For years, China’s vast chemical and pharmaceutical industry exploited loopholes in Chinese law to create synthetic painkillers and their precursors that were not explicitly banned.
U.S. officials including Trade Representative Robert E. Lighthizer have pushed Beijing to significantly broaden its list of scheduled substances to cover the entire class of synthetic opioids, their analogues and precursors, and crack down on their unchecked production and export.
Liu Yuejin, a deputy commissioner at the China National Narcotics Control Commission, told reporters Monday that U.S. concerns about the unregulated production and export of opioids have been “resolved, all resolved.”
But Liu reiterated the long-standing Chinese government position that U.S. drug culture and overprescription by doctors — not China — were to blame for the widespread abuse of synthetic opioids, which can be 50 times more powerful than heroin and are now the leading source of overdose deaths in the United States.
Liu said China’s shipments of opioids to the United States were “extremely limited” — a claim that runs counter to allegations by U.S. law enforcement that the vast majority of fentanyl-like substances originate in China and enter the country through mail parcels.
“If the United States truly wants to resolve its fentanyl abuse problem, it needs to strengthen its domestic work,” Liu said. “Some people link drug consumption with freedom, individuality and liberation.”
U.S. officials generally say China has offered steady cooperation with Washington on fentanyl — a rare bright spot in bilateral relations — but some would like to see Beijing be more proactive.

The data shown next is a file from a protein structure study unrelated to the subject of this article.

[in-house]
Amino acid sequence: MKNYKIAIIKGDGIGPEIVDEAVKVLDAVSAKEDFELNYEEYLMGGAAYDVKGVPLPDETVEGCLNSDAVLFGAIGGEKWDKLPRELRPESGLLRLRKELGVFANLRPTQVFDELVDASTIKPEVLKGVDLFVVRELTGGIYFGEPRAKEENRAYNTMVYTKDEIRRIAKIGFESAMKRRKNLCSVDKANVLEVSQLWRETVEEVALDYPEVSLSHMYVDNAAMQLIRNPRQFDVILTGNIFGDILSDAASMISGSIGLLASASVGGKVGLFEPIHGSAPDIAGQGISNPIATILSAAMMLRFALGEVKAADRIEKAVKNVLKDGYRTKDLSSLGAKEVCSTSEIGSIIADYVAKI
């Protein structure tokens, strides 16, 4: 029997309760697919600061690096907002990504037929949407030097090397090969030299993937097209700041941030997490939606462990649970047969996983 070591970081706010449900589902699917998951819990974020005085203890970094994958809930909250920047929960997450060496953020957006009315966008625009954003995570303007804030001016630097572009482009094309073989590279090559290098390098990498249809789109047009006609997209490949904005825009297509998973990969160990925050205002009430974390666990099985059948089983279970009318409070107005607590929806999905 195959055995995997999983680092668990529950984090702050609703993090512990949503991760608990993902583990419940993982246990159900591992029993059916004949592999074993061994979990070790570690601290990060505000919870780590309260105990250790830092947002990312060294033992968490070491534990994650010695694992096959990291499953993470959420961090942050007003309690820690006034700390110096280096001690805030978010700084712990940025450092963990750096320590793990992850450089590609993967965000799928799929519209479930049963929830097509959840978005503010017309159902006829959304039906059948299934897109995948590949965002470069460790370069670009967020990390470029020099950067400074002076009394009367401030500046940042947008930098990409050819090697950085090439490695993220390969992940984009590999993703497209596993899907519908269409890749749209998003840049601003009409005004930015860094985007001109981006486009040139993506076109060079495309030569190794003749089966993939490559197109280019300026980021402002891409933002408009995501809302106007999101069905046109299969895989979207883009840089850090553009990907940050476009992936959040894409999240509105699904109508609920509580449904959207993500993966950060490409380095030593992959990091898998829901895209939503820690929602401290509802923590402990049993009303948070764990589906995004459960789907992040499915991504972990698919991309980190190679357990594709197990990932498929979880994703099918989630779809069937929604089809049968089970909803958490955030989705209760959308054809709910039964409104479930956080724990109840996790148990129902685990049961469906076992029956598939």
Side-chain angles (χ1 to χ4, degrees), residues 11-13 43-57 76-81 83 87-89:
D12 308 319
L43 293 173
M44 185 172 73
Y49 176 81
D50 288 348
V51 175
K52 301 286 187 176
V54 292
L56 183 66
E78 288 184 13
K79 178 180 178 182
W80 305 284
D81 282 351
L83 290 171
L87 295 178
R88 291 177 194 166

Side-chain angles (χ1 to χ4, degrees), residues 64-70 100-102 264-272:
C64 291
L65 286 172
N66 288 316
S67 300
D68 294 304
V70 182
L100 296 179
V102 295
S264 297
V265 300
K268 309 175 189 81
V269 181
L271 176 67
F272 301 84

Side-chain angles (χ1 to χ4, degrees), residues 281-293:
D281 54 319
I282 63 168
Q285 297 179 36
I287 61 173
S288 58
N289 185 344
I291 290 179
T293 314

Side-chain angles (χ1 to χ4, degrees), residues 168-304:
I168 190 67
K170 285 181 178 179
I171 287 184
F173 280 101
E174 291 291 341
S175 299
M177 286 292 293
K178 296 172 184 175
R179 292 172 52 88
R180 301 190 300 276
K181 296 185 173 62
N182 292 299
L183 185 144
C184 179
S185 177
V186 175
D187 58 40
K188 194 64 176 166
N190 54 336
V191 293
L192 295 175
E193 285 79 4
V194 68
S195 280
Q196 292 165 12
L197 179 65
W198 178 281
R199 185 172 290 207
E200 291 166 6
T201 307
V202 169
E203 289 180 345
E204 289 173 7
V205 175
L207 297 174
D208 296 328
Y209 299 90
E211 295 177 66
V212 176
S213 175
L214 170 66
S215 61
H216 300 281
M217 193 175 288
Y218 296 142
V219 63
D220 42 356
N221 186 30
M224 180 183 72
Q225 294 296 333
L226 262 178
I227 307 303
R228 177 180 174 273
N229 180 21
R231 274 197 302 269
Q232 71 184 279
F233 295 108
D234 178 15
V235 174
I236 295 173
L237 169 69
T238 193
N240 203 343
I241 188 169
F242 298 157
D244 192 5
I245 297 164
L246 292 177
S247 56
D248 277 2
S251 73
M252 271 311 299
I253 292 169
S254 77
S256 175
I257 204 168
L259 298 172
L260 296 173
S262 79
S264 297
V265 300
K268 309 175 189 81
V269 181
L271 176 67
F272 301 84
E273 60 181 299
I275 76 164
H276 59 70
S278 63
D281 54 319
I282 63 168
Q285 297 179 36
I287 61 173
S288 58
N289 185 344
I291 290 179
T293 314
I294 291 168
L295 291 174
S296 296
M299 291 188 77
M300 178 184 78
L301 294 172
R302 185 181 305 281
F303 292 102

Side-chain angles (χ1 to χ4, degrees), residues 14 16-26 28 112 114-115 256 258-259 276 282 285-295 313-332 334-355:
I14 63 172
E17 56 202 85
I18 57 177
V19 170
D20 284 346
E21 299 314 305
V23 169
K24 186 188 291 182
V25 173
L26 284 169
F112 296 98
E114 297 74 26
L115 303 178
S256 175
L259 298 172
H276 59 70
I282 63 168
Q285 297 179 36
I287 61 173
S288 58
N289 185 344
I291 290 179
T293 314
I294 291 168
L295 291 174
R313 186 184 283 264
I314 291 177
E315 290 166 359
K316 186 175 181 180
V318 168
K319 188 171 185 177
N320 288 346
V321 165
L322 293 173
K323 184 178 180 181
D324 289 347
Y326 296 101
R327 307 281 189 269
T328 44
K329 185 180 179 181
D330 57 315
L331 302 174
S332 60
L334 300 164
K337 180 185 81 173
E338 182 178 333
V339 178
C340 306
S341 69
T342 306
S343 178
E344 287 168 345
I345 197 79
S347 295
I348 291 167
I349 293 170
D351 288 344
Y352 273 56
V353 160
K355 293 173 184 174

A Washington Post investigation last month found that the Obama administration, at several junctures, did not grasp the role Chinese producers played in the fentanyl crisis or even the magnitude of the epidemic itself.
A 2015 review by a national interagency task force examining heroin and overdose deaths made no mention of China or how fentanyl is smuggled into the country by mail.
The broad opioid ban is part of a number of concessions China has offered as it seeks a trade deal, which could come in the weeks ahead. China in March fast-tracked a foreign investment law in a show of goodwill.
China’s Foreign Ministry said its top trade negotiator, Liu He, departed on Monday for Washington, where U.S. and Chinese negotiators are seeking to hammer out a deal that could be presented to Xi and Trump.
Negotiators met last week in Beijing for talks that yielded “new progress,” the Chinese government said.